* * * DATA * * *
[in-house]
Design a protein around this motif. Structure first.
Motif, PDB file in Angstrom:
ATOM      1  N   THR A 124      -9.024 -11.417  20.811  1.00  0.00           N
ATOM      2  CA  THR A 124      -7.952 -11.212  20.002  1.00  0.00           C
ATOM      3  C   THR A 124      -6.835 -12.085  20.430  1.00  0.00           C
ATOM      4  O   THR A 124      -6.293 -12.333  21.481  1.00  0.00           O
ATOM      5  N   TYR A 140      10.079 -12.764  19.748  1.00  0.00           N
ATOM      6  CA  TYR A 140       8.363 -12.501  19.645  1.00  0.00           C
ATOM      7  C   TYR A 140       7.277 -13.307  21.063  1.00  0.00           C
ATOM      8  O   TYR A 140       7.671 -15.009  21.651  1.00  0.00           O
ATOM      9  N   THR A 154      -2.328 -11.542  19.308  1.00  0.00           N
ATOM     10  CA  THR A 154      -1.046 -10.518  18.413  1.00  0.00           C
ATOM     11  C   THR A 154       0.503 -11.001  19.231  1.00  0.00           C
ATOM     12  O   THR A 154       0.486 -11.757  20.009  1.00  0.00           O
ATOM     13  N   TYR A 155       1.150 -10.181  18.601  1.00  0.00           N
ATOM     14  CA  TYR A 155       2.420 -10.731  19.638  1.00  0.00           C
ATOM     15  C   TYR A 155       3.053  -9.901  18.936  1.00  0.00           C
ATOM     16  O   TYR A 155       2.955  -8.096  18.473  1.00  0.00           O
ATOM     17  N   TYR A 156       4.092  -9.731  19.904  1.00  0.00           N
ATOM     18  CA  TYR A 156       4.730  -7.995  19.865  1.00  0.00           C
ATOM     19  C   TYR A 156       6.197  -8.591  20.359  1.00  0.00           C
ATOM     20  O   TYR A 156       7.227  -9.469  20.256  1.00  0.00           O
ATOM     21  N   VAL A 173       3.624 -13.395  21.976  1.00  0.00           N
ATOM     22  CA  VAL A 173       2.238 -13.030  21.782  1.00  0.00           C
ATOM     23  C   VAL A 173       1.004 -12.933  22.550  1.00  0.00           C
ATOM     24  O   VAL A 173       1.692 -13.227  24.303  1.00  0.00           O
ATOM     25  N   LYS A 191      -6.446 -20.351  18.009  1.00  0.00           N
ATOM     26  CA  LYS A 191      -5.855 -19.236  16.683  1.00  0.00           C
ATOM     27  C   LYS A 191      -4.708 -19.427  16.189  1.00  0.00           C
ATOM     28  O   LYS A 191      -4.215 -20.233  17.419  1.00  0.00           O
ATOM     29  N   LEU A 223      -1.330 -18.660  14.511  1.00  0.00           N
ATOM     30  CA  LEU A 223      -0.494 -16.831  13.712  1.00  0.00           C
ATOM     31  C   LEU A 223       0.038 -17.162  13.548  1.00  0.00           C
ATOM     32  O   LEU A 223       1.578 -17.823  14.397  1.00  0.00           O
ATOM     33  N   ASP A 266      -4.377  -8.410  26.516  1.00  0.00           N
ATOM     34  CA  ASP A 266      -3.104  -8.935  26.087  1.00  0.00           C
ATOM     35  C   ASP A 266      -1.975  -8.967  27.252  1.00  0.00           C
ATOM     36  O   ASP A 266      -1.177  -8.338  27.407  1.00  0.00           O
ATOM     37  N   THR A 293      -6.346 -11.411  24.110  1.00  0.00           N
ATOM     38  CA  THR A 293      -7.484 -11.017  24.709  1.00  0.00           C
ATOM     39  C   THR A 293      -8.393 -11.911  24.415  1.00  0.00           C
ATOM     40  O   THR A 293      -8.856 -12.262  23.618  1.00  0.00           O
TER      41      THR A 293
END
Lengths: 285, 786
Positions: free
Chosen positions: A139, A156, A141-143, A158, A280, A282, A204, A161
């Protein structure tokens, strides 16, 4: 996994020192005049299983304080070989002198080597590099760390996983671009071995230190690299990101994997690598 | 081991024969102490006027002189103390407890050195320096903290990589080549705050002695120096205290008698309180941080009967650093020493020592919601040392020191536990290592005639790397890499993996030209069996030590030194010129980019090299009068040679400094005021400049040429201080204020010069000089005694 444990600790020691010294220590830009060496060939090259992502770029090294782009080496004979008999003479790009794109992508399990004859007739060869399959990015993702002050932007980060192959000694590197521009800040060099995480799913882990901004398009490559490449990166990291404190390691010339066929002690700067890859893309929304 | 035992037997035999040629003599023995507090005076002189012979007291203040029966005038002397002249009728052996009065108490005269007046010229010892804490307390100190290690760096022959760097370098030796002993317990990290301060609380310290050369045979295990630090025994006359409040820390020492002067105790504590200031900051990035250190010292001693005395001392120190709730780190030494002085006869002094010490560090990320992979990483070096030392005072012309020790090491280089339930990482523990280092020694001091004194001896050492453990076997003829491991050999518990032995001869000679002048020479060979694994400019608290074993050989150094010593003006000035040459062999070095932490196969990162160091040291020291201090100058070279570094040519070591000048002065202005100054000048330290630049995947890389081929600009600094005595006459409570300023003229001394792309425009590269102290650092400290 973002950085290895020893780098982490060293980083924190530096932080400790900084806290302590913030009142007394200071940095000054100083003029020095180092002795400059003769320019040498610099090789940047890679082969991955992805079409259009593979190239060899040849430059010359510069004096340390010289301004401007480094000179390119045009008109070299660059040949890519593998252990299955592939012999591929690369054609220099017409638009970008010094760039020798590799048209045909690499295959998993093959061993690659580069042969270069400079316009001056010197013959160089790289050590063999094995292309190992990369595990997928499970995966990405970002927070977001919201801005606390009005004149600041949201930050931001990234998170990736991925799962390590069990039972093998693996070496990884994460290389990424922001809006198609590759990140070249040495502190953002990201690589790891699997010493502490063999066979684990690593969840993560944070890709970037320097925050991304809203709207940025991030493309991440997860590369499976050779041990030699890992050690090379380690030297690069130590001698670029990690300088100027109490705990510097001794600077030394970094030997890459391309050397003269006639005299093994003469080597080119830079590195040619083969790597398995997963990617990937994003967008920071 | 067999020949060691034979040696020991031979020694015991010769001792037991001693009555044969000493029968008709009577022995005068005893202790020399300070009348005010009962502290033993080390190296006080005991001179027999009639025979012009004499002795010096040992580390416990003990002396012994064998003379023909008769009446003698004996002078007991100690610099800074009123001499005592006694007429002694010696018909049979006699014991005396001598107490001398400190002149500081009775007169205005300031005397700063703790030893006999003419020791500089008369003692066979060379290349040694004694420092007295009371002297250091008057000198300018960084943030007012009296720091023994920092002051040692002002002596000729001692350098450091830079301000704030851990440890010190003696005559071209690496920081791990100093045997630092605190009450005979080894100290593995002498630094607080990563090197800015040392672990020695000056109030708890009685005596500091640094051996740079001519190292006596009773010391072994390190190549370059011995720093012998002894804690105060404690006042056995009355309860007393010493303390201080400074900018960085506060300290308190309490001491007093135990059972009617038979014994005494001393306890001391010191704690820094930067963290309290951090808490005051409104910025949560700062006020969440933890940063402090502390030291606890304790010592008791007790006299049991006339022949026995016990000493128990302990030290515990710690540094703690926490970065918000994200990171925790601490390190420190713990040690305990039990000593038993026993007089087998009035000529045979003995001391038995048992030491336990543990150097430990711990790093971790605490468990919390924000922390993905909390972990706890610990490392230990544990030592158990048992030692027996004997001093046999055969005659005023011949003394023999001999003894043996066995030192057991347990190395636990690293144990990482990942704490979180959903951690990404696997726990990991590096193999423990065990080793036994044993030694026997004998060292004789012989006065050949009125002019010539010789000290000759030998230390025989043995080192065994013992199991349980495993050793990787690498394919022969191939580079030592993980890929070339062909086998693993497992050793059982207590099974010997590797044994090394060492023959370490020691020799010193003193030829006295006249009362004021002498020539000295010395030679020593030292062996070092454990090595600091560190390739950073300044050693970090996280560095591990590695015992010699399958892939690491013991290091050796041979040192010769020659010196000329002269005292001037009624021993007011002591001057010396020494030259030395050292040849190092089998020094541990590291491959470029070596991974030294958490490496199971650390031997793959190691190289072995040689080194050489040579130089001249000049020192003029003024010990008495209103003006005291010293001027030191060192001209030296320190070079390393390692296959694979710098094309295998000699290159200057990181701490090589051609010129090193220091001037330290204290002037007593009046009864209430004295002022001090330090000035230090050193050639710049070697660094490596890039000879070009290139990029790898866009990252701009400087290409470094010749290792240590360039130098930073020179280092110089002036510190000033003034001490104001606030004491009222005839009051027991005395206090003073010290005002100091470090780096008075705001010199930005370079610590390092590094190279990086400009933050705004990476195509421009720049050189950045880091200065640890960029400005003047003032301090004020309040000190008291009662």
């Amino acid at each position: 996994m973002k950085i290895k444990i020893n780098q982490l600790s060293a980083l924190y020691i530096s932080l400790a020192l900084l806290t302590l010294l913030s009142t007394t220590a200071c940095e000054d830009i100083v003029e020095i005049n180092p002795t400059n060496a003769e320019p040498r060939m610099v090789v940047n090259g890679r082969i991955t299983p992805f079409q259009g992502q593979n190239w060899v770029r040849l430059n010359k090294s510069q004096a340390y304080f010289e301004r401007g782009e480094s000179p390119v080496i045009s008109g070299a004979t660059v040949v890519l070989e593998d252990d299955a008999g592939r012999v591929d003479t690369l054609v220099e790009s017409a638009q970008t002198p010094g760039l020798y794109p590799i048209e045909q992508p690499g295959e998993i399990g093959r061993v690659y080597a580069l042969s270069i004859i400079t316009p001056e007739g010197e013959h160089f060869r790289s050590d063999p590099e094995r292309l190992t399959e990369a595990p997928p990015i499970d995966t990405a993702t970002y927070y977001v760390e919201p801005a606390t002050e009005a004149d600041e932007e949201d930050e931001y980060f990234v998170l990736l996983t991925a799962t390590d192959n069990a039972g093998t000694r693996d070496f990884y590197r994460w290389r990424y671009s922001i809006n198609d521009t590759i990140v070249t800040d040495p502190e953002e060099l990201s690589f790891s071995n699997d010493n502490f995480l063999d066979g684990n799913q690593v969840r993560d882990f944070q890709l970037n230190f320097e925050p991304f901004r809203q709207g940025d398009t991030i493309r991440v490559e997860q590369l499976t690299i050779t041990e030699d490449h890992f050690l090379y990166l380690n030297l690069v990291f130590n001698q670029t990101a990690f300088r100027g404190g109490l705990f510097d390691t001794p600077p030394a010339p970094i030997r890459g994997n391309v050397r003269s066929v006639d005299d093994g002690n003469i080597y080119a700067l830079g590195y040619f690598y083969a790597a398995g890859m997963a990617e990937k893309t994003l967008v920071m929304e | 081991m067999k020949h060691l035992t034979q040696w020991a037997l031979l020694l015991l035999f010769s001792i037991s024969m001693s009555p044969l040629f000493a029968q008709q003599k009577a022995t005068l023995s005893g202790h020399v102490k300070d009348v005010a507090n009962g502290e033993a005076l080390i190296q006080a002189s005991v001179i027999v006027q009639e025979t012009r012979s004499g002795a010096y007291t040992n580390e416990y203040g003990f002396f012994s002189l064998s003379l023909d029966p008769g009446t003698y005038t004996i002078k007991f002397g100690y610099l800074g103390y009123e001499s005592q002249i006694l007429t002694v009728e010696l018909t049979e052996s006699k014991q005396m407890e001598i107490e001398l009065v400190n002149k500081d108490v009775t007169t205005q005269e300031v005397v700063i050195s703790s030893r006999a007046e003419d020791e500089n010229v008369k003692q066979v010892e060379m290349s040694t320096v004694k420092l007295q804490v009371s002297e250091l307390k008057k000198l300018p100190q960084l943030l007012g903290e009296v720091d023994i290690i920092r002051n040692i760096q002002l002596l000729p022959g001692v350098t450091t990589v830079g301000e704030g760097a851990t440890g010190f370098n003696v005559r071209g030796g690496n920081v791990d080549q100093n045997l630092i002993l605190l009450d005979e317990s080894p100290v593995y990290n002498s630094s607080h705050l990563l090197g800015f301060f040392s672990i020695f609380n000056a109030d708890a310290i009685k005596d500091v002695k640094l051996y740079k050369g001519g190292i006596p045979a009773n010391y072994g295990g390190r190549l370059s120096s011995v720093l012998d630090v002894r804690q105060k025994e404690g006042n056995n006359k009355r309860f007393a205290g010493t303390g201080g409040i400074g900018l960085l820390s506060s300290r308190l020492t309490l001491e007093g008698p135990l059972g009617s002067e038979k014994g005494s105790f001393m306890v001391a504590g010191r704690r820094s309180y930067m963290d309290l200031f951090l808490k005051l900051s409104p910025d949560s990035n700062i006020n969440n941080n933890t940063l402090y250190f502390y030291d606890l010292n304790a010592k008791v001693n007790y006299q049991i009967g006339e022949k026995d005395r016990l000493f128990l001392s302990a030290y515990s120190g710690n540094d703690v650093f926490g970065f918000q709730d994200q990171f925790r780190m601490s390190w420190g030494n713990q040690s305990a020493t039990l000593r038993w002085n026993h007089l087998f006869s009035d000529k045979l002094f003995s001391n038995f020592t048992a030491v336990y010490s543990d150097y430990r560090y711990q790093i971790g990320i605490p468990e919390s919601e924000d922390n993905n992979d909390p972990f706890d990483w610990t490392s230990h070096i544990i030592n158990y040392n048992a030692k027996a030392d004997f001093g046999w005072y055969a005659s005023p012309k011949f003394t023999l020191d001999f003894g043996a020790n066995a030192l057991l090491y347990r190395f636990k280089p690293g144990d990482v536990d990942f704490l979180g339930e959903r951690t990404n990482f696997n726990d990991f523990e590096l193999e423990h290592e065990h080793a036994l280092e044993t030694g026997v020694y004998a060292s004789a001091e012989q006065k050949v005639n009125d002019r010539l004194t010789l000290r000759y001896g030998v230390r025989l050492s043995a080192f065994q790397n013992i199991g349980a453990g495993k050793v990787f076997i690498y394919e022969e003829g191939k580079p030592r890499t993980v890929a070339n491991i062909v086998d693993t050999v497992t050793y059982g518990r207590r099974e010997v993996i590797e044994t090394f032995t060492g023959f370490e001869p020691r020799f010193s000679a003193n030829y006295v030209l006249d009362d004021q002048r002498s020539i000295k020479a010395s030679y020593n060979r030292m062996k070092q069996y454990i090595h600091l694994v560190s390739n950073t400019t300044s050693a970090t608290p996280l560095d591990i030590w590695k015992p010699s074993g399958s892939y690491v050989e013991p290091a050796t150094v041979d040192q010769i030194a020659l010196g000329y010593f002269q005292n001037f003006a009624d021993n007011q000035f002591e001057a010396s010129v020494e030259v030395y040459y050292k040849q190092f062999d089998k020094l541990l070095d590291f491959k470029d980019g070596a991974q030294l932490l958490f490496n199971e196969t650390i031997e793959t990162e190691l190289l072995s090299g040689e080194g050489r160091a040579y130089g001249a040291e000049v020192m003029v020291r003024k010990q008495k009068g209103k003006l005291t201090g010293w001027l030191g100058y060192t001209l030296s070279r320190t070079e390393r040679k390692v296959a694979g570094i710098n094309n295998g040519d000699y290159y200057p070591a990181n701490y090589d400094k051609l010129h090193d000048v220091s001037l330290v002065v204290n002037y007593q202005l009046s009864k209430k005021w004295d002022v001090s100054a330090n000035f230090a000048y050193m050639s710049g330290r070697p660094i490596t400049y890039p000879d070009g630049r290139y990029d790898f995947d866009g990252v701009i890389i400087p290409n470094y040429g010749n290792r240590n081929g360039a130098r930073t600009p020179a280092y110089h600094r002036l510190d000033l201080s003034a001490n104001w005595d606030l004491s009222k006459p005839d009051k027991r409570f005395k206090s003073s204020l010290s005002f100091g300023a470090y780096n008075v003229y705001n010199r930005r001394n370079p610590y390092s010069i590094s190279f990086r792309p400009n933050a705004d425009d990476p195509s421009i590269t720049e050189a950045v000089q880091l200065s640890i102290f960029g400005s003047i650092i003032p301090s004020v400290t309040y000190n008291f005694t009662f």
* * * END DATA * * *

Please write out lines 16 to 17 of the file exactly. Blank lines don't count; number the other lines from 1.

ATOM     13  N   TYR A 155       1.150 -10.181  18.601  1.00  0.00           N
ATOM     14  CA  TYR A 155       2.420 -10.731  19.638  1.00  0.00           C